Here's a brief summary of the issues; read the Voter Information Guide and the Mercury News editorials for more details.
- Proposition 91: This is a good proposition requiring fuel taxes to be used for transportation funding. However, proposition 1A passed earlier has already made its recommendations into law, so even the official proponents of this proposition recommend a No vote.
- Proposition 92: This proposition amends the state constitution with regard to how Community Colleges are funded and governed, and decreases Community College fees. The proposition would increase Community College funding by about $300 million, without saying how we'd pay for it. The lower fees would only save a student about $150 per year, which doesn't really address the problem of affordability of education (fees are a small part of the expense). It's also not clear that there are any accountability provisions that constrain how this money is spent. While Community Colleges are very important and deserve to be supported, it seems Proposition 92 is not the way to do it. (MN editorial)
- Proposition 93: This proposition changes the term limits law. Current law restricts a legislator to spending 6 years in the Assembly and 8 years in the Senate for a maximum total of 14 years. This law decreases the total number of years in the legislature to 12. But it allows a legislator to spend all 12 years in one house. It's also got some "transition" rules to allow current legislators to spend 12 years in their current legislative house, irrespective of how much time they've spent in the other. This allows Assembly Speaker Nunez and Senate President Pro Tem Don Perata to extend their grip on power. Even though the proposition appears to decrease the term, in reality it increases the term for most legislators. (MN editorial)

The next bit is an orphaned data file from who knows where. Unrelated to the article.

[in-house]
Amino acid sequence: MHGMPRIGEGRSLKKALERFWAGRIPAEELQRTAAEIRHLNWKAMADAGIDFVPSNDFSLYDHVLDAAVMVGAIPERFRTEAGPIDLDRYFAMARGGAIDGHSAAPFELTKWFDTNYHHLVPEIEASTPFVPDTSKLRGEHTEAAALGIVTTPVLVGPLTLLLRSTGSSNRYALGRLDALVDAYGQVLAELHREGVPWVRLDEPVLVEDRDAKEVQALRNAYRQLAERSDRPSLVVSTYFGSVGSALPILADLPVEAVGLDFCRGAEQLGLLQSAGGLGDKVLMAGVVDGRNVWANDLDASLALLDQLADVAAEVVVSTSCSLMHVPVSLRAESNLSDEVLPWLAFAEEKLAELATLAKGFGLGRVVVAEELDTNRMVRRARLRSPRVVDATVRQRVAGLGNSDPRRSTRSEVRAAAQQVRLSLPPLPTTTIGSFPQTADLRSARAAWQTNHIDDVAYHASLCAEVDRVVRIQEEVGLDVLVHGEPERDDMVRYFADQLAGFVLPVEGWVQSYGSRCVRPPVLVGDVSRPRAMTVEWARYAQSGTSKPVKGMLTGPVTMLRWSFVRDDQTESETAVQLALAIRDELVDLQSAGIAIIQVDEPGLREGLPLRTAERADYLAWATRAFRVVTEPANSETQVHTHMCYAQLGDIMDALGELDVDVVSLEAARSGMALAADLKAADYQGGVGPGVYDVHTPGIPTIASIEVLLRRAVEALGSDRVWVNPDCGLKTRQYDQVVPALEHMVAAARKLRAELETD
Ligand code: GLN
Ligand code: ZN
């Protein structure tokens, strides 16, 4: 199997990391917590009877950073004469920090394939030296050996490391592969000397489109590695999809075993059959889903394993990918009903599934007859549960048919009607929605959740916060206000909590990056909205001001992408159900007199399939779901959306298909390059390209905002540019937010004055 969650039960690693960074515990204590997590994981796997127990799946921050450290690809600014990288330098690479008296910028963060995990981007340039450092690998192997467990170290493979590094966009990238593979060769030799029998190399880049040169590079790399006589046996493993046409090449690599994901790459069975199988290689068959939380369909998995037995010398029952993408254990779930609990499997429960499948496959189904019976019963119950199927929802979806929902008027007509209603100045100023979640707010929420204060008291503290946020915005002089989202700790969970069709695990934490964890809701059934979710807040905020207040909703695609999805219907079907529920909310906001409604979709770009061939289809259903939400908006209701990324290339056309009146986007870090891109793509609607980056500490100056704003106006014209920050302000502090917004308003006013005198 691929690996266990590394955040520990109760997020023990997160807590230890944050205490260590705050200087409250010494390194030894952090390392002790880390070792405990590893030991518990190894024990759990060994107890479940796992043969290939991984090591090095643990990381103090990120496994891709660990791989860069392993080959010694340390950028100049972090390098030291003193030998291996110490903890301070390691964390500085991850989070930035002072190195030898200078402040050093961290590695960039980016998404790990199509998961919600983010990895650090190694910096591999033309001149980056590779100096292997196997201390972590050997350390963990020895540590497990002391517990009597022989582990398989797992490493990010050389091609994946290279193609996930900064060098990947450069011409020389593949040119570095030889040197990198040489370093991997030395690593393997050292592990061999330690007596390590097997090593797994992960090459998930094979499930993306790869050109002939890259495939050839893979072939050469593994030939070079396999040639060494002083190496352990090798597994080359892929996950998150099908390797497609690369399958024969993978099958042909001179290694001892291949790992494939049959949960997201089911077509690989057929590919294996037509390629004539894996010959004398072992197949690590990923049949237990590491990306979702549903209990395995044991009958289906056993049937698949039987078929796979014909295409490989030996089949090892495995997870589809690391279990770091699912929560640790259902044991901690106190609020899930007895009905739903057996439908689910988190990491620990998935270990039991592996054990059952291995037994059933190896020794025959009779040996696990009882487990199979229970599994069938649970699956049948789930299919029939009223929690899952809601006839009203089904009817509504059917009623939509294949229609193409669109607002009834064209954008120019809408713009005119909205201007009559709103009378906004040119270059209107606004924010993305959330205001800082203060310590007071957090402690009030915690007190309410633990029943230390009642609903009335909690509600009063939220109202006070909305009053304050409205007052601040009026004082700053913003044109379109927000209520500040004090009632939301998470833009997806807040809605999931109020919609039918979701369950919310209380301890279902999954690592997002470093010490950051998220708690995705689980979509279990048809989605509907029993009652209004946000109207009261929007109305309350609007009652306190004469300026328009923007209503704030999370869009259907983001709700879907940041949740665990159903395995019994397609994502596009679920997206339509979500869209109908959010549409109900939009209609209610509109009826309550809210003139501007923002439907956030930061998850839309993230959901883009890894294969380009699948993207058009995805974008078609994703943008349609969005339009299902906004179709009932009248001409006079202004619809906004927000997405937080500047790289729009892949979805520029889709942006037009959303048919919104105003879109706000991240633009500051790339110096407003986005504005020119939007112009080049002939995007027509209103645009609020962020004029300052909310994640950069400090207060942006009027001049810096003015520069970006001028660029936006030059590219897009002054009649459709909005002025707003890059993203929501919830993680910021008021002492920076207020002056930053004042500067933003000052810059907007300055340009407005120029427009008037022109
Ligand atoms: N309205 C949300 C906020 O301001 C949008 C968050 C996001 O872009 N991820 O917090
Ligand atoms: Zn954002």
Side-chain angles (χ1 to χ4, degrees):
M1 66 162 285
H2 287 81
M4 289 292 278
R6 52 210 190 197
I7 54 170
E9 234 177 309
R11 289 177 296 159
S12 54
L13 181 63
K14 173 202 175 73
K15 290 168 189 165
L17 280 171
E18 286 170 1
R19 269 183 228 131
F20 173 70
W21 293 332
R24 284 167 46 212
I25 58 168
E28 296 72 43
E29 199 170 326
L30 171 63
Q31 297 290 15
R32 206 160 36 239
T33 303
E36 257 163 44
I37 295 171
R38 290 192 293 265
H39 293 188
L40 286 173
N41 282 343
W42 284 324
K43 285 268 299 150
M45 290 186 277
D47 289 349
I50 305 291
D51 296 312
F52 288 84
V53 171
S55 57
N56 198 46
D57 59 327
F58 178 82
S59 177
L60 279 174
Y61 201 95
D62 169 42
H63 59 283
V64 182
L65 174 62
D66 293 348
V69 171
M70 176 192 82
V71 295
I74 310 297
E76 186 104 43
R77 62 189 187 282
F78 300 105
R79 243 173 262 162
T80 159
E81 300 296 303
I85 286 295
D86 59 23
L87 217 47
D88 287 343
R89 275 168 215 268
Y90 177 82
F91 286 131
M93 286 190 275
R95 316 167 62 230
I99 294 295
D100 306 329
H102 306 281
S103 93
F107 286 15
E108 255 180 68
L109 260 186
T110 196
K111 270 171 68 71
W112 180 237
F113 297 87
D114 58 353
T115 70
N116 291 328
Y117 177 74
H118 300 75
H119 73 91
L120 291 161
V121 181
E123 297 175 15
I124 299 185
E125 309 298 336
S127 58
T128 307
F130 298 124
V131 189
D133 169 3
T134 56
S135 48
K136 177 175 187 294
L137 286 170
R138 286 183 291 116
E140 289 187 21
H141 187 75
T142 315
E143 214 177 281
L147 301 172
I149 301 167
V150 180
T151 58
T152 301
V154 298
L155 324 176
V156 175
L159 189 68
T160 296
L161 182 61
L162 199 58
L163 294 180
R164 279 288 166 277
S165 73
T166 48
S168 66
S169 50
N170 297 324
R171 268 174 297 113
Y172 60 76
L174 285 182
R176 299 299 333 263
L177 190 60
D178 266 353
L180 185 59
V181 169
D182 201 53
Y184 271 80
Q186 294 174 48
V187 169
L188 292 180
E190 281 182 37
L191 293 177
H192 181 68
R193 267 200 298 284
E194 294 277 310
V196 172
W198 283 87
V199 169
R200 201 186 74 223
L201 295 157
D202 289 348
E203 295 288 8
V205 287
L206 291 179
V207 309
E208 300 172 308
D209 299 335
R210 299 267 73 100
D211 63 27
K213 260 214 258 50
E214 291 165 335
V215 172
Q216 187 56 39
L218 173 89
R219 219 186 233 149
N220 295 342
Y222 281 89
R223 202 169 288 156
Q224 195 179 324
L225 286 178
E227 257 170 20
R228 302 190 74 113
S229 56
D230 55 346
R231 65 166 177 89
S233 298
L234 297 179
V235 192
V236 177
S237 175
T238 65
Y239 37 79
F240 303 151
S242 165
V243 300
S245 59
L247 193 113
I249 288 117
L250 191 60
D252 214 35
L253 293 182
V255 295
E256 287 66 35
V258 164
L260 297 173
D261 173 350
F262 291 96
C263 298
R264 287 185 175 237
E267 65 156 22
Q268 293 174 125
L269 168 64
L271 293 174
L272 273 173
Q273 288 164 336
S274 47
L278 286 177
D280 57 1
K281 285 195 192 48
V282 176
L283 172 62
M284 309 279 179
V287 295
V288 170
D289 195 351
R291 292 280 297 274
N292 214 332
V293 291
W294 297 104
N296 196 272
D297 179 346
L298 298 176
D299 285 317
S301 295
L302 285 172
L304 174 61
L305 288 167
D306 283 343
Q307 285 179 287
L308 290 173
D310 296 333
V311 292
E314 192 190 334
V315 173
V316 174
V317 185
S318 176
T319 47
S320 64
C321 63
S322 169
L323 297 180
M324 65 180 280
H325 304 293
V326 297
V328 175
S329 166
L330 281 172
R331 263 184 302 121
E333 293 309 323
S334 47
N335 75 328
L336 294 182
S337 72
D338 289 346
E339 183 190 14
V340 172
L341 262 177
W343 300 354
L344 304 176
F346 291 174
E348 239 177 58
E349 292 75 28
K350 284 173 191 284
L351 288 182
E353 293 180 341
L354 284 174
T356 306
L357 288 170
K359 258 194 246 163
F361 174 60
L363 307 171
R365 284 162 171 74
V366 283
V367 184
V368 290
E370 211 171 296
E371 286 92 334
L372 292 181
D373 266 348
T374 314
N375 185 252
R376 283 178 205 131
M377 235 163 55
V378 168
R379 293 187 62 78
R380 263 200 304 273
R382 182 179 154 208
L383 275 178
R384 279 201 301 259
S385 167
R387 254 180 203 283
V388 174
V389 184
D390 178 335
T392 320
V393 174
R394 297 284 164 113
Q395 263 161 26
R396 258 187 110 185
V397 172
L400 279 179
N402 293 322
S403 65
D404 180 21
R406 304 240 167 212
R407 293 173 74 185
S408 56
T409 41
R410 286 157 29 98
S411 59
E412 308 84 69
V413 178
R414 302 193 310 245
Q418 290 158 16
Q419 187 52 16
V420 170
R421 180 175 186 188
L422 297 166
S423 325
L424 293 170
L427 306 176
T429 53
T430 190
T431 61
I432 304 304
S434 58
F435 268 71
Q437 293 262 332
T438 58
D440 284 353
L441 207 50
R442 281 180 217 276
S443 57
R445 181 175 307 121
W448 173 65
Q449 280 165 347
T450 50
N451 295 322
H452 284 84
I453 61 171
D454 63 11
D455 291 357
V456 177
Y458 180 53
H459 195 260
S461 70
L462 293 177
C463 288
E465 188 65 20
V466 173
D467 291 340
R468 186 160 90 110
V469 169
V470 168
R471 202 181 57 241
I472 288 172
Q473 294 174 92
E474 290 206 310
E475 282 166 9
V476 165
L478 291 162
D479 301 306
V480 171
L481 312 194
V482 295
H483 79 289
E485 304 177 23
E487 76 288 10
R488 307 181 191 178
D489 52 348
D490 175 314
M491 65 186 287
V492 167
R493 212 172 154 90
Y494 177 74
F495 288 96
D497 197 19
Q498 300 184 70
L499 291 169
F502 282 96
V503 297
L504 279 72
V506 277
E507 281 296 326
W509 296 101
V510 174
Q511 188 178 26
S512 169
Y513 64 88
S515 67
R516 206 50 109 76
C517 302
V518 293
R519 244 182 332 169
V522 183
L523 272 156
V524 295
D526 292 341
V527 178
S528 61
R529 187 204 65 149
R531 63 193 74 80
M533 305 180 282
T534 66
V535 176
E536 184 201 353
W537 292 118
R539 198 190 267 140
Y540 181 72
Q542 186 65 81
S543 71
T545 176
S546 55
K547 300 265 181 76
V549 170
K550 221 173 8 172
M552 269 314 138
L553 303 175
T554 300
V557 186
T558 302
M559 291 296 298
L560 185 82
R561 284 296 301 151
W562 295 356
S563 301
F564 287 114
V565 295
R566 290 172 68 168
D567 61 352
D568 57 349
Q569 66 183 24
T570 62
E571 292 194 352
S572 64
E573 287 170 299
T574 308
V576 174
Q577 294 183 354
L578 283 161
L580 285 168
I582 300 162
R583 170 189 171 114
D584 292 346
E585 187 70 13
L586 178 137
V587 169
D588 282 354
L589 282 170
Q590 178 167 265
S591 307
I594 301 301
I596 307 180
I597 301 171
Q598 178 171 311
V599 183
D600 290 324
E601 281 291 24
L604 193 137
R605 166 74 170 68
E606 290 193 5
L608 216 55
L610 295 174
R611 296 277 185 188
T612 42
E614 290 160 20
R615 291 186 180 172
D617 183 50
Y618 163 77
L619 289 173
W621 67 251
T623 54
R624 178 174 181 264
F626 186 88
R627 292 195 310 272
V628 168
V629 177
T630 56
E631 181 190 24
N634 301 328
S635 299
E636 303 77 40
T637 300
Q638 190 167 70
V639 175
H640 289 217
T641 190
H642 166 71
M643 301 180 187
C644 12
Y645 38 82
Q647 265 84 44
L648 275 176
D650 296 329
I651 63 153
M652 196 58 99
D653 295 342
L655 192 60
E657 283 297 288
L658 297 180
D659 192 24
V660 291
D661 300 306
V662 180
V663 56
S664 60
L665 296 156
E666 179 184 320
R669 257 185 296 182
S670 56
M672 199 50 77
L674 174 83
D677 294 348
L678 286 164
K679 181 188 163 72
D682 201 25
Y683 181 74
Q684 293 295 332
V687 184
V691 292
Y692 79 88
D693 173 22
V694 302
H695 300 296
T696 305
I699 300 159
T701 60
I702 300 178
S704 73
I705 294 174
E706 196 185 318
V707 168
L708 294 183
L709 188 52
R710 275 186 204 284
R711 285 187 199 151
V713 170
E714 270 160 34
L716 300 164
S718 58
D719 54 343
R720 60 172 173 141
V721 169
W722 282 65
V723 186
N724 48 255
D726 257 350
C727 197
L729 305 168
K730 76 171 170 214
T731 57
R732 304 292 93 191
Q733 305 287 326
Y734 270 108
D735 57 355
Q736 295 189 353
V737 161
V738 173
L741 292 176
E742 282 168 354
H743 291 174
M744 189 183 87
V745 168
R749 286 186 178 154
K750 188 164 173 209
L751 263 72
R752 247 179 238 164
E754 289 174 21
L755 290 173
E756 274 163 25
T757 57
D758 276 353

- Proposition 94, 95, 96, 97: These four propositions dramatically increase the number of slot machines in four, already rich, Indian reservations. The claim is that this would increase revenues to the state. But it's not at all clear that state revenues would increase by a significant amount (e.g., sales tax money would be lost as entertainment money moves to gambling). Interestingly, the people opposed to these propositions are Nevada casinos who fear they'd lose clients to these California casinos. So neither side is particularly "pure". The bottom line is that there appears to be no great benefit to significantly increasing the number of slot machines available in California, and many down sides. The MN editorial discusses this well.